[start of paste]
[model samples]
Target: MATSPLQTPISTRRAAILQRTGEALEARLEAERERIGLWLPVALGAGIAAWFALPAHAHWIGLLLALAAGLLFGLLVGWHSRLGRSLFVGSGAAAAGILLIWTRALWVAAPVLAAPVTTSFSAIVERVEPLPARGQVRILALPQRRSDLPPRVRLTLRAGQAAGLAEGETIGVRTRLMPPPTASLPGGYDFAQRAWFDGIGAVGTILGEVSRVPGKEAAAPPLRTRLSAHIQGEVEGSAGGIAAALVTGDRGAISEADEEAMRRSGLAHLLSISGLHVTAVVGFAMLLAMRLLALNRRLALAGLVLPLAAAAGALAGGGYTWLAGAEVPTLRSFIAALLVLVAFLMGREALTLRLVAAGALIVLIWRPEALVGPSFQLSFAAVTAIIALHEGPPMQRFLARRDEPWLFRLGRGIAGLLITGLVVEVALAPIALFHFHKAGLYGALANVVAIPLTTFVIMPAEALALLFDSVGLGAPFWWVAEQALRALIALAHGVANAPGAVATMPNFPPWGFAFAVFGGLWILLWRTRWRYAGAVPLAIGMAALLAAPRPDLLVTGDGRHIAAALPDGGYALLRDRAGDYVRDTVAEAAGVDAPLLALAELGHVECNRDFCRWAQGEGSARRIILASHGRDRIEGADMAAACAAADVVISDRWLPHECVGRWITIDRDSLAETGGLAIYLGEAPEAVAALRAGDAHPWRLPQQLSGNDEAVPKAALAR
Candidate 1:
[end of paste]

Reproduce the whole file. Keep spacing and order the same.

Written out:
[model samples]
Target: MATSPLQTPISTRRAAILQRTGEALEARLEAERERIGLWLPVALGAGIAAWFALPAHAHWIGLLLALAAGLLFGLLVGWHSRLGRSLFVGSGAAAAGILLIWTRALWVAAPVLAAPVTTSFSAIVERVEPLPARGQVRILALPQRRSDLPPRVRLTLRAGQAAGLAEGETIGVRTRLMPPPTASLPGGYDFAQRAWFDGIGAVGTILGEVSRVPGKEAAAPPLRTRLSAHIQGEVEGSAGGIAAALVTGDRGAISEADEEAMRRSGLAHLLSISGLHVTAVVGFAMLLAMRLLALNRRLALAGLVLPLAAAAGALAGGGYTWLAGAEVPTLRSFIAALLVLVAFLMGREALTLRLVAAGALIVLIWRPEALVGPSFQLSFAAVTAIIALHEGPPMQRFLARRDEPWLFRLGRGIAGLLITGLVVEVALAPIALFHFHKAGLYGALANVVAIPLTTFVIMPAEALALLFDSVGLGAPFWWVAEQALRALIALAHGVANAPGAVATMPNFPPWGFAFAVFGGLWILLWRTRWRYAGAVPLAIGMAALLAAPRPDLLVTGDGRHIAAALPDGGYALLRDRAGDYVRDTVAEAAGVDAPLLALAELGHVECNRDFCRWAQGEGSARRIILASHGRDRIEGADMAAACAAADVVISDRWLPHECVGRWITIDRDSLAETGGLAIYLGEAPEAVAALRAGDAHPWRLPQQLSGNDEAVPKAALAR
Candidate 1: